The Writings of John Muir Volume IV
The Writings of John Muir: Volume IV The Mountains of California was originally published in 1898.
Yet another volume from John Muir of incredible nature writings, this volume centered on the mountains of California. Here are a few lines from the opening of the book:
“Making your way through the mazes of the Coast Eange to the summit of any of the inner peaks or passes opposite San. Francisco, in the clear spring time, the grandest and most telling of all California landscapes is outspread before you. At your feet lies the great Central Valley glowing golden in the sunshine, extending north and south farther than the eye can reach, one smooth, flowery, lake-like bed of fertile soil. Along its eastern margin rises the mighty Sierra, miles in height, reposing like a smooth, cumulous cloud in the sunny sky, and so gloriously colored, and so luminous, it seems to be not clothed with light, but wholly composed of it, like the wall of some celestial city.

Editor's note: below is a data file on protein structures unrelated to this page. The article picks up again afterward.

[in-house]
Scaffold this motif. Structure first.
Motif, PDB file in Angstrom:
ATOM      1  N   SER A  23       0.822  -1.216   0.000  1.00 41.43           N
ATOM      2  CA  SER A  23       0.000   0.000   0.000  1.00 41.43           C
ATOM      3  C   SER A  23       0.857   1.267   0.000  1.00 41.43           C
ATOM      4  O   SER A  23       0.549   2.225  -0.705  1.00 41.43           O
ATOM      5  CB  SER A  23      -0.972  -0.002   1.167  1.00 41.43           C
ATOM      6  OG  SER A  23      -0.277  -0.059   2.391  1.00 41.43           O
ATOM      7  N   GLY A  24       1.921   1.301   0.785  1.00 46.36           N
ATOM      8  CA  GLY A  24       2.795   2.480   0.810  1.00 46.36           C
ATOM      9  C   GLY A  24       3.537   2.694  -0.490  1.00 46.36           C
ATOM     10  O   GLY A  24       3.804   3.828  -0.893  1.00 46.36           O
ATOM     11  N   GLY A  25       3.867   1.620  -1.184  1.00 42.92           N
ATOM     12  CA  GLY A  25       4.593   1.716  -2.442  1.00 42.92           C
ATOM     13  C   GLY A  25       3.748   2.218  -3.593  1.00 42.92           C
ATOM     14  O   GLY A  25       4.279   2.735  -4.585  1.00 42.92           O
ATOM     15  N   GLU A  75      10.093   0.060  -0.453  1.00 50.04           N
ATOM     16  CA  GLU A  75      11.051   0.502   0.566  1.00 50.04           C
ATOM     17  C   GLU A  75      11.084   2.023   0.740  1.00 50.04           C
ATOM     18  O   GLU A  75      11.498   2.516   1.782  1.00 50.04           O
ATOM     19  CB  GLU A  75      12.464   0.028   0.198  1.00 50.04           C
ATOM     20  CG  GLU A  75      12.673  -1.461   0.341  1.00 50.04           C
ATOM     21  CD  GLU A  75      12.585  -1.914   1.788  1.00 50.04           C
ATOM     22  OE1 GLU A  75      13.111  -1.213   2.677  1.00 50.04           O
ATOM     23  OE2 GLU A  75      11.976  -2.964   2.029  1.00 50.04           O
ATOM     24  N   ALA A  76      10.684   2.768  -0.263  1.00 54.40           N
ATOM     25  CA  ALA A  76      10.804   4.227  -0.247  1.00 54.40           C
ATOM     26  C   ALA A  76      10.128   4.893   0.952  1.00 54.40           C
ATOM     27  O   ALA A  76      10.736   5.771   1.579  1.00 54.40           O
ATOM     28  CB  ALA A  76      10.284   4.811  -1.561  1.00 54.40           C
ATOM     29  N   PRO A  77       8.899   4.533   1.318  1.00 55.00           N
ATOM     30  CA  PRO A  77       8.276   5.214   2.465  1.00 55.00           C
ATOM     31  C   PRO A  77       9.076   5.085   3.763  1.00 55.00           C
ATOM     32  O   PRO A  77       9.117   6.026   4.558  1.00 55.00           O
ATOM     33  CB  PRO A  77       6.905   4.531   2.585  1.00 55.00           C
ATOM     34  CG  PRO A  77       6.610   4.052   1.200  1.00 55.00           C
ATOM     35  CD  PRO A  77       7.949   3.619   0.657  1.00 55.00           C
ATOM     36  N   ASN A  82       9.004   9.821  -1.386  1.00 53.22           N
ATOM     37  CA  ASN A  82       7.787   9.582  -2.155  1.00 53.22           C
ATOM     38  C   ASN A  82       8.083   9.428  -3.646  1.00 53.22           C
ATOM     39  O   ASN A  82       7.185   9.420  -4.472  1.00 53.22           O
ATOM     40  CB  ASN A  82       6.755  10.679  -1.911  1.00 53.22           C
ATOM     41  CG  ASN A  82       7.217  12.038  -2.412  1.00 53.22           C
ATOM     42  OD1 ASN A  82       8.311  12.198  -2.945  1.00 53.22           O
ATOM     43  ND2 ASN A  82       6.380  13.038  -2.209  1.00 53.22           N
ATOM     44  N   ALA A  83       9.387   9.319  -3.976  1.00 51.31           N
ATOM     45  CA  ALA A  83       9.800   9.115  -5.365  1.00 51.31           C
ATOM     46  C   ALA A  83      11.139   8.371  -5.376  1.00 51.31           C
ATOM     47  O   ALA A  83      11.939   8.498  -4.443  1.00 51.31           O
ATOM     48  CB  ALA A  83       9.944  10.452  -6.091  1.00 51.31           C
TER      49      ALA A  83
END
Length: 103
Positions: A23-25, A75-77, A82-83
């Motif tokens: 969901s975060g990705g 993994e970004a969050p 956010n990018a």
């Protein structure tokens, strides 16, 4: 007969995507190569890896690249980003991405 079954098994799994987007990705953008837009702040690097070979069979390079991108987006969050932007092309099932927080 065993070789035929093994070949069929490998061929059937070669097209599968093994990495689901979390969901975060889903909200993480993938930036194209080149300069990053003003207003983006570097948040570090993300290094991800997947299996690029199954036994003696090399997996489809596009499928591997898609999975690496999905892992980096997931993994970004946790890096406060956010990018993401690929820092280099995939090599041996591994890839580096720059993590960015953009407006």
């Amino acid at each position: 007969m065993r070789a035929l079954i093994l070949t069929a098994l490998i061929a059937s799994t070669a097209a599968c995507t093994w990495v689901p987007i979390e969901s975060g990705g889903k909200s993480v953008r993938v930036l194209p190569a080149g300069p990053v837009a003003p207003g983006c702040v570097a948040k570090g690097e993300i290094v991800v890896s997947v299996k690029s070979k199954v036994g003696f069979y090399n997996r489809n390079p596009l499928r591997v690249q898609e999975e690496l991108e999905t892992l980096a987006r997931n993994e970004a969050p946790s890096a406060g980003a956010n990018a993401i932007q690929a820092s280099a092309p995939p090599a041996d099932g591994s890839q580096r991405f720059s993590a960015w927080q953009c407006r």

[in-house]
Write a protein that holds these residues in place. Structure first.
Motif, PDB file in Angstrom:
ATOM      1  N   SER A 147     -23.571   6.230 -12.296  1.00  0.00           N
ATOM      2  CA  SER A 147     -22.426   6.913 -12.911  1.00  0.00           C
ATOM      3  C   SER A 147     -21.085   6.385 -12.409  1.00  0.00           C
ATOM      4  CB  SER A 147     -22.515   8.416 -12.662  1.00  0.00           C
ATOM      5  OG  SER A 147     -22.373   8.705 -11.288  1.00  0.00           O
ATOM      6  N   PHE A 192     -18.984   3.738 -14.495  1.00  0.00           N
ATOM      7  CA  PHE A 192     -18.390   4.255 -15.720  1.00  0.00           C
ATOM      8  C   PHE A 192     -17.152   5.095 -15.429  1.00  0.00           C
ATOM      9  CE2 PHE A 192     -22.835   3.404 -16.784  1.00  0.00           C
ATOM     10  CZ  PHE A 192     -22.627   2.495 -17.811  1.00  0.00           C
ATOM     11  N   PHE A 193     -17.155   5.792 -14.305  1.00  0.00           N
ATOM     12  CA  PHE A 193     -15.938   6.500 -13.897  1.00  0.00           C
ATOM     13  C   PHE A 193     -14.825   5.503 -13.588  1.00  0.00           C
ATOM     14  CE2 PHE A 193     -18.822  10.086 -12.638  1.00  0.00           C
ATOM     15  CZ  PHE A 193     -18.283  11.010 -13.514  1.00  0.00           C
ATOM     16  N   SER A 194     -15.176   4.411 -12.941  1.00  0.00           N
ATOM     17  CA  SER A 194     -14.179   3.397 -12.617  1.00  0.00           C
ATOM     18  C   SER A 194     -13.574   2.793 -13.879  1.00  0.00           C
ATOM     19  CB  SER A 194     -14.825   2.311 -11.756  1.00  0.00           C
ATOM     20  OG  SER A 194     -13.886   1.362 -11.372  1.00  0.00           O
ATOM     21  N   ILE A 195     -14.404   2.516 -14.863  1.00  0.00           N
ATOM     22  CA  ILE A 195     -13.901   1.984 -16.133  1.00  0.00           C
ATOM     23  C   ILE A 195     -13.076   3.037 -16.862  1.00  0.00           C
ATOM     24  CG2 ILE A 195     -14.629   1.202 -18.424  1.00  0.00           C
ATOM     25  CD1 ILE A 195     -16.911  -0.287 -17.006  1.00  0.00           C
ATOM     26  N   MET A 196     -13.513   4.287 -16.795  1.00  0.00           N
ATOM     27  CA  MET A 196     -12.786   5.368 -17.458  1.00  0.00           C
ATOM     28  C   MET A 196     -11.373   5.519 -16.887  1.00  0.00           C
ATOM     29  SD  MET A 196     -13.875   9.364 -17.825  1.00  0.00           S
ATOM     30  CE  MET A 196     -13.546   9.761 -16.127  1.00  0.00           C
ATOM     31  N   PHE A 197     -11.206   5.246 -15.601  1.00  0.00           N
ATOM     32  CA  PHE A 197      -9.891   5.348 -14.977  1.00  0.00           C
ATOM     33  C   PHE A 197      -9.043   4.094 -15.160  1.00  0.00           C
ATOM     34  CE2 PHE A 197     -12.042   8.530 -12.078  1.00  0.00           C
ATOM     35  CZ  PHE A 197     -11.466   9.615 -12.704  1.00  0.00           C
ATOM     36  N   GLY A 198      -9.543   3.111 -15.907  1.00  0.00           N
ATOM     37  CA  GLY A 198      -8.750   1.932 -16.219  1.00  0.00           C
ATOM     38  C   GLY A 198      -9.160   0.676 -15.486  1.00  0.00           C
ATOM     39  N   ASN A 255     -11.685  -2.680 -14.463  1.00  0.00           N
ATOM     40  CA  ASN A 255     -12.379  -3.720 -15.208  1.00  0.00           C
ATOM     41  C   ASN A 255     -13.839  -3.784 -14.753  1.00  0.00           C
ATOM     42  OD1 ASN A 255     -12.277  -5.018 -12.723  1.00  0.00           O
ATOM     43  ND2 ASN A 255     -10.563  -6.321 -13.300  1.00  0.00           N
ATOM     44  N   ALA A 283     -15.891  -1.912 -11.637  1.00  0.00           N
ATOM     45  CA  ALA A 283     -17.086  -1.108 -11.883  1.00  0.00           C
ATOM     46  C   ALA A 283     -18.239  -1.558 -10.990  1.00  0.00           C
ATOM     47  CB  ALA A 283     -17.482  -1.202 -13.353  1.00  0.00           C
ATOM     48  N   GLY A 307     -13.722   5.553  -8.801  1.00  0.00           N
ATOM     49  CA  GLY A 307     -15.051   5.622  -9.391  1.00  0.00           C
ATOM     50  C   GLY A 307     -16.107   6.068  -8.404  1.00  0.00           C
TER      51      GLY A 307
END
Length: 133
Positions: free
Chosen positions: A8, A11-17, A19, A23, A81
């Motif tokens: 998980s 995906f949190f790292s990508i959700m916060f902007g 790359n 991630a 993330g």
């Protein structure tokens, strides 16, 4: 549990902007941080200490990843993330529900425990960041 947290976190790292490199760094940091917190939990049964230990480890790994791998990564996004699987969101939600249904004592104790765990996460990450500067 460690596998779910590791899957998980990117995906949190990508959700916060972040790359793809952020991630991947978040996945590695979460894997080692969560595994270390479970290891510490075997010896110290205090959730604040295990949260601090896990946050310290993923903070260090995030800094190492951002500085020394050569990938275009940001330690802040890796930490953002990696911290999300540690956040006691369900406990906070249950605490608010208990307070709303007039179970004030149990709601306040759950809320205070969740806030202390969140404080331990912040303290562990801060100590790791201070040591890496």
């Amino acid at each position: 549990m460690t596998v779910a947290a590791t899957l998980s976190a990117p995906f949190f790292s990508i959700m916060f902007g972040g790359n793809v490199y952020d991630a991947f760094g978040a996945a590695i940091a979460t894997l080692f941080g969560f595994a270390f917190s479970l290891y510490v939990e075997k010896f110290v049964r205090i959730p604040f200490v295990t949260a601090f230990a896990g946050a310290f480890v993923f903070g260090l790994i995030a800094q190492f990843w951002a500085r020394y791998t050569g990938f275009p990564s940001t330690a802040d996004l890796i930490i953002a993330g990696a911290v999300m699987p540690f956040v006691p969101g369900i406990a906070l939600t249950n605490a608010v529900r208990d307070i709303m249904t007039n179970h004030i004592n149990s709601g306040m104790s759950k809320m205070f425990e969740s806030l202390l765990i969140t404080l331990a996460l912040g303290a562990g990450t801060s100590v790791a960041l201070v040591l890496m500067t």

Along the top, and extending a good way down, you see a pale, pearl-gray belt of snow ; and below it a belt of blue and dark purple, marking the extension of the forests ; and along the base of the range a broad belt of rose-purple and yellow, where lie the miner’s gold-fields and the foot-hill gardens. All these colored belts blending smoothly make a wall of light ineffably fine, and as beautiful as a rainbow, yet firm as adamant. When I first enjoyed this superb view, one glowing April day, from the summit of the Pacheco Pass, the Central Valley, but little trampled or plowed as yet, was one furred, rich sheet of golden compositae, and the luminous wall of the mountains shone in all its glory. Then it seemed to me the Sierra should be called not the Nevada, or Snowy Range, but the Range of Light.”